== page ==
Disinterested public policy?

So we painted a cycle lane to encourage kids to cycle. It fell foul of the motorists and faded into memory. So we let the children use the pavements. They fall foul of public budget cuts, overgrow and subsume. So we let the parents drive the kids to school. We all fall foul of the clogged roads, pollution and the future healthcare burden.

It’s a microcosm, but this school journey seems to be metaphor for disinterested public policy. We’re regular cyclists and hardy, committed types prepared to use the road, but not all are like us. The cycle lane has entirely disappeared, so I ride defensively on our 1 mile journey to school. When the bike needs to be left behind – an after school commitment perhaps – the scooter is employed. As the image indicates, foliage and brambles embrace the pavement to such an extent that you wade through them like a bushman. It’s little wonder that parents follow the path of least resistance. Each year we point it out to the council. Action is promised and the foliage may eventually be cut (experience suggests during the summer holidays).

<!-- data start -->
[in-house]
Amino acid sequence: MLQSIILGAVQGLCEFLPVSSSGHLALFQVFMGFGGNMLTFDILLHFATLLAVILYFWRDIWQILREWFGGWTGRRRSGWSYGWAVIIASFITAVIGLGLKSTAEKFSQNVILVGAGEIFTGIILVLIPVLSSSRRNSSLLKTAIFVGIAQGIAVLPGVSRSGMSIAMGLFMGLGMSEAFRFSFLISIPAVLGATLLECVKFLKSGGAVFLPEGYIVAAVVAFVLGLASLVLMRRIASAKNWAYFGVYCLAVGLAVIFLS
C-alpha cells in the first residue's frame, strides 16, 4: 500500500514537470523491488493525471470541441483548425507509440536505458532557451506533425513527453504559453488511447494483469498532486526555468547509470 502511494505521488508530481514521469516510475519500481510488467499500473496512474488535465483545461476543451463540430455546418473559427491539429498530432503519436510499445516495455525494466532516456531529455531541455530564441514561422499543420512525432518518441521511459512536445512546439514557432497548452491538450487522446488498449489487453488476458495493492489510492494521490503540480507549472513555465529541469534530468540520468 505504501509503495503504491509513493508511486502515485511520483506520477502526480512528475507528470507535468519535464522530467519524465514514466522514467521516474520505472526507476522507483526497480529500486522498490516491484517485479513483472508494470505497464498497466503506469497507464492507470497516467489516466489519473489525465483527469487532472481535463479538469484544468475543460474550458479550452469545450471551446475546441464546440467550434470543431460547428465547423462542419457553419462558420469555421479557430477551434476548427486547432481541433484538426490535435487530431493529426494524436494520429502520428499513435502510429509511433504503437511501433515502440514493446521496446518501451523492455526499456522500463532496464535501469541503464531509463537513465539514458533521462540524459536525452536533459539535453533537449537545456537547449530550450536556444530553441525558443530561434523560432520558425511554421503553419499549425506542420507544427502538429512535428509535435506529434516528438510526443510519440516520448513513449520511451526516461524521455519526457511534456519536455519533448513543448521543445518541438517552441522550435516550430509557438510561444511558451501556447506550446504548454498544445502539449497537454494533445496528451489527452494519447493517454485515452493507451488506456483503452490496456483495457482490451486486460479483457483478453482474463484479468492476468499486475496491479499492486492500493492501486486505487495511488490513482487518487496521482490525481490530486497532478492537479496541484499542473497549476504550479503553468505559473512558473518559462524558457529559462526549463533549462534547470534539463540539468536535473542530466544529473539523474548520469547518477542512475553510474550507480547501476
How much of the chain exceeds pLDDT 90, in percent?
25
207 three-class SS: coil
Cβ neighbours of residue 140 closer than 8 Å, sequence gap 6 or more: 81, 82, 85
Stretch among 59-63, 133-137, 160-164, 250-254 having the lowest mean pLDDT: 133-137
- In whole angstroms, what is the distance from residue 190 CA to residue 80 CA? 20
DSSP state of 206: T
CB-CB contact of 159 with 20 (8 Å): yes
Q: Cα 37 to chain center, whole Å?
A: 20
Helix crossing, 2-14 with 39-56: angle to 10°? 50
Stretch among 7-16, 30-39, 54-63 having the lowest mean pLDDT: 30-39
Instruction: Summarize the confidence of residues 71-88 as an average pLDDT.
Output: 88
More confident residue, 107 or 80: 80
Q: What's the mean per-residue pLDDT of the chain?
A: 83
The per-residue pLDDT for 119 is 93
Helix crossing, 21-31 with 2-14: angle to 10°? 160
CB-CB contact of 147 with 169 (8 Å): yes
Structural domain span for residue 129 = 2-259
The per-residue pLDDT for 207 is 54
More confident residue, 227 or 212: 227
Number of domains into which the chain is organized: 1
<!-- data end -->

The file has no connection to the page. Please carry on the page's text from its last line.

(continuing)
So a short appeal to councils up and down the land; the big schemes and headline grabbing ‘superhighways’ are lovely, super, great. But please pay close attention to school routes, looking at them, assessing them,  embedding good practise and providing better cycle/scoot/walk provision. If we want the commuters of 2030 to be fit, healthy and self sufficent, future change relies on the behavioural actions, assumptions and experiences of the children of today.

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